Pubs set for a revolution

The Farmers Arms: restaurant conversion plans in 2008

The Farmers Arms: restaurant conversion plans in 2008

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BIG changes are brewing in Garstang’s pub trade – as speculation mounts about last week’s closure of popular The Wheatsheaf pub.

The Wheatsheaf was due to re-open today, under what could be a new management regime.

Regulars were shocked to see a notice signed by landlord Graham Lakey, which said: “Due to circumstances beyond our control, this pub will be closed until Wednesday, July 18.

“Sorry for any inconvenience, and thank you for your loyal custom.”

The intended re-opening of the Wheatsheaf today comes two days before the re-opening of the former Salvatore’s restaurant as a pub, to be known as The Farmers, in deference to the building’s former name, The Farmers Arms.

The lease of the Farmers has been taken over by the Nateby-based pub company Town and Country Inns, who have invested around £50,000 in refurbishing the premises under their Pie and Ale Company brand. Managing director Ross Wallis confirmed that a deal had been negotiated with the building owners and brewery Punch Taverns.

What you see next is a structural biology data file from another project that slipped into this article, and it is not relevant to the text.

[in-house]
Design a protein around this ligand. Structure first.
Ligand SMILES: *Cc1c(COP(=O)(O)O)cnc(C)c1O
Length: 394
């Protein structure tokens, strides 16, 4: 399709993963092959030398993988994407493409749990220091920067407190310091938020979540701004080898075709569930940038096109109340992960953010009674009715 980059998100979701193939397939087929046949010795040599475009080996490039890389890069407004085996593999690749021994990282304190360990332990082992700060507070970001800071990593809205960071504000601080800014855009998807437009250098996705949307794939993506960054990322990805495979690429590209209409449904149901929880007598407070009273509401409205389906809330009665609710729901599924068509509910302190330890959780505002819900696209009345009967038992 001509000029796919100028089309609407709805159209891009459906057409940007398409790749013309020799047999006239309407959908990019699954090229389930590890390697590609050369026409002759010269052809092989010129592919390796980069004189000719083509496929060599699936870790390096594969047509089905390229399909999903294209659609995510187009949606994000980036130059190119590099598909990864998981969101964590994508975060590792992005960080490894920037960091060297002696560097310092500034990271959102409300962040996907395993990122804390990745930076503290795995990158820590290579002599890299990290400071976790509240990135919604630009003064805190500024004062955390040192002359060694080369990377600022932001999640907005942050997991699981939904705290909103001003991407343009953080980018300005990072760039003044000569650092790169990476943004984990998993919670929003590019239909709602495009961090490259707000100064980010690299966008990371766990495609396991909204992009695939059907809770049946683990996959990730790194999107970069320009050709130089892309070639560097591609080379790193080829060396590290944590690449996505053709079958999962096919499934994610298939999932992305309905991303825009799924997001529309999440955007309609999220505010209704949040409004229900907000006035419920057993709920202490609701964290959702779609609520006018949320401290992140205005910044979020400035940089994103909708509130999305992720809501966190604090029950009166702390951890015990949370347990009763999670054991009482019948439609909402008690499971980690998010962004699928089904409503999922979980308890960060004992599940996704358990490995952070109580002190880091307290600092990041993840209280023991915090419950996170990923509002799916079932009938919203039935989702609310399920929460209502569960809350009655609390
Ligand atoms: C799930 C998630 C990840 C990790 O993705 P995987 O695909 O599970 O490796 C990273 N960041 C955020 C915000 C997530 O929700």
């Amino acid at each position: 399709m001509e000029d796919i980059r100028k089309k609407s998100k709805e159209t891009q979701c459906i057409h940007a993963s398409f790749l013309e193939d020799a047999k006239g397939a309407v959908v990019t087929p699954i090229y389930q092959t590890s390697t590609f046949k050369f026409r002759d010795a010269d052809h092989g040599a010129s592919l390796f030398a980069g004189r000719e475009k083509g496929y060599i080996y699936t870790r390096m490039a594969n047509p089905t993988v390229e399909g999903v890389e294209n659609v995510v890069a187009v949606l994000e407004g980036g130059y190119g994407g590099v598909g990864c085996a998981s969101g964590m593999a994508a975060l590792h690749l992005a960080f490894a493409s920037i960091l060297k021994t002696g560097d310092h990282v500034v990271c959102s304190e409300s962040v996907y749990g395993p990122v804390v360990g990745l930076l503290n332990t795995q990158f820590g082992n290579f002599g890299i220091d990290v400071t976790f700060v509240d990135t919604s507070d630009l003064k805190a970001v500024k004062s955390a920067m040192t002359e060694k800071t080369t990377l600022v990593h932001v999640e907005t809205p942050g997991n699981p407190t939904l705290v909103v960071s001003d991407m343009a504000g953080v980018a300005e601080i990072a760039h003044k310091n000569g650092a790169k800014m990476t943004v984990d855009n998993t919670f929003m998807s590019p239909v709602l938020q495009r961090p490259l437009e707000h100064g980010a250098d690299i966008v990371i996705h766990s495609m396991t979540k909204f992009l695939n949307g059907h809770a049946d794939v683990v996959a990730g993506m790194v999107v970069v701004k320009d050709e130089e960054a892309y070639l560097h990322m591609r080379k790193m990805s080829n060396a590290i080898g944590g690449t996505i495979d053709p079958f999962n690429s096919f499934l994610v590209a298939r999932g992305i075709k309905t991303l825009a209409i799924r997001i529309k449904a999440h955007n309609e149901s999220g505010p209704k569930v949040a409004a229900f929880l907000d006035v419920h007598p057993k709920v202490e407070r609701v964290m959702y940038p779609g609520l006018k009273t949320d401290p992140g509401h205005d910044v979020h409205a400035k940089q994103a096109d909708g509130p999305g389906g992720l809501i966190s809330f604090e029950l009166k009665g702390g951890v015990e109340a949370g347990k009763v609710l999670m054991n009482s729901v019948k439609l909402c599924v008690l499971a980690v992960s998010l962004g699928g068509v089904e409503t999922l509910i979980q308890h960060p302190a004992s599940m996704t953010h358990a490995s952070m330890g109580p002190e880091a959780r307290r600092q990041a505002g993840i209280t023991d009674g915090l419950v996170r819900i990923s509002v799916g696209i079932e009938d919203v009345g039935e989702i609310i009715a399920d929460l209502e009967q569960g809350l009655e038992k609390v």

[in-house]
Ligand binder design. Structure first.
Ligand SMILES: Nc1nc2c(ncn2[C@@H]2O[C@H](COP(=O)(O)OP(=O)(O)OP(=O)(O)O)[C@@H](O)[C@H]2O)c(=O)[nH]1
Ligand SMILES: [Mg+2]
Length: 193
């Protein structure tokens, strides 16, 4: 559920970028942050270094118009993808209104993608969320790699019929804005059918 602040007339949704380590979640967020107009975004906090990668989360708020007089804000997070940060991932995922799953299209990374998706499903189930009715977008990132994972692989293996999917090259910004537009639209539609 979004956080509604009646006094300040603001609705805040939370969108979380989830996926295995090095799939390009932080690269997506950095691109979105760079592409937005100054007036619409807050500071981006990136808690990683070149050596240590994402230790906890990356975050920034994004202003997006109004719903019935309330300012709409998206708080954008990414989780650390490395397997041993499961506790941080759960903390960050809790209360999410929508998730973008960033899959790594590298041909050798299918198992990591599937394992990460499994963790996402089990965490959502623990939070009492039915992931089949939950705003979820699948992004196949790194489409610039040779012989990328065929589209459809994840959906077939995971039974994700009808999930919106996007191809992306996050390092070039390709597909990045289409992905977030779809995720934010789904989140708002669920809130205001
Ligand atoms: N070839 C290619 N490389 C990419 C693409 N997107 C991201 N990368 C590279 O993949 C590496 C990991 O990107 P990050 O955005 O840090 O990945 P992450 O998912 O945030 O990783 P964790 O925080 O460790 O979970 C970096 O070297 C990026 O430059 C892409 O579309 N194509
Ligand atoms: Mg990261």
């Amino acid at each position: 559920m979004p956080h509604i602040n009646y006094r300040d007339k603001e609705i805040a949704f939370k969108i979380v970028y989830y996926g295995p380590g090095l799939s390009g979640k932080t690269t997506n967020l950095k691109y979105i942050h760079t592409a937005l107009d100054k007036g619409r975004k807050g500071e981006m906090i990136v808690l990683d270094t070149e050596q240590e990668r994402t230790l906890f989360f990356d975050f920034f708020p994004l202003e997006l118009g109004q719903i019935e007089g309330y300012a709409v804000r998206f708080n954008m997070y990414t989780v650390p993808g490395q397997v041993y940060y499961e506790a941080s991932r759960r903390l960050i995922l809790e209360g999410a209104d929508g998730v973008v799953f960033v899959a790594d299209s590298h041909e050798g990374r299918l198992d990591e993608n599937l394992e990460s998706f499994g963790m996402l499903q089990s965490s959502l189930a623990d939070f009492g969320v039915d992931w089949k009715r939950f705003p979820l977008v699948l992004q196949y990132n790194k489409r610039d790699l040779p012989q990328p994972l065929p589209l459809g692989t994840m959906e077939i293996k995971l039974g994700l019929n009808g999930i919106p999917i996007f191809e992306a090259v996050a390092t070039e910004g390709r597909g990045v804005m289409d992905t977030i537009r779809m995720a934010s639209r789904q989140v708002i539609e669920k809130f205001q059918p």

His company, which manages more than 20 pubs in the local area, including the Eagle and Child in Garstang, and The Grapes at St Michael’s, has also taken over the running of the New Holly, on the A6 at Forton.

Mr Wallis said: “We had been looking in Garstang at taking over another pub, but we have a very good relationship with the breweries running businesses in the town, and we were aware the building (The Farmers) had fallen into dire straits.

“We were approached by the brewery to see if we would be interested in turning it back into a pub, and hopefully we will open this Friday.”

Mr Wallis said the pub has undergone a major refurbishment, with new central bar and wine bar, dining area and beer garden.

The re-opening of the pub will also see the introduction of 15 new jobs.

Mr Wallis said, despite a number of pubs struggling in the economic climate, he was confident the pub could become a popular venue for locals.

“There is no doubt pubs have been struggling in the economic climate, but people must use it or lose it.

“The Farmers has previously had a reputation, but we want it to be clear it will not be going back to its old ways, and we have been working very closely with places in town to make sure that doesn’t happen.

“That is not where we are heading and, hopefully, over the coming months, people will come and see the changes we have made.”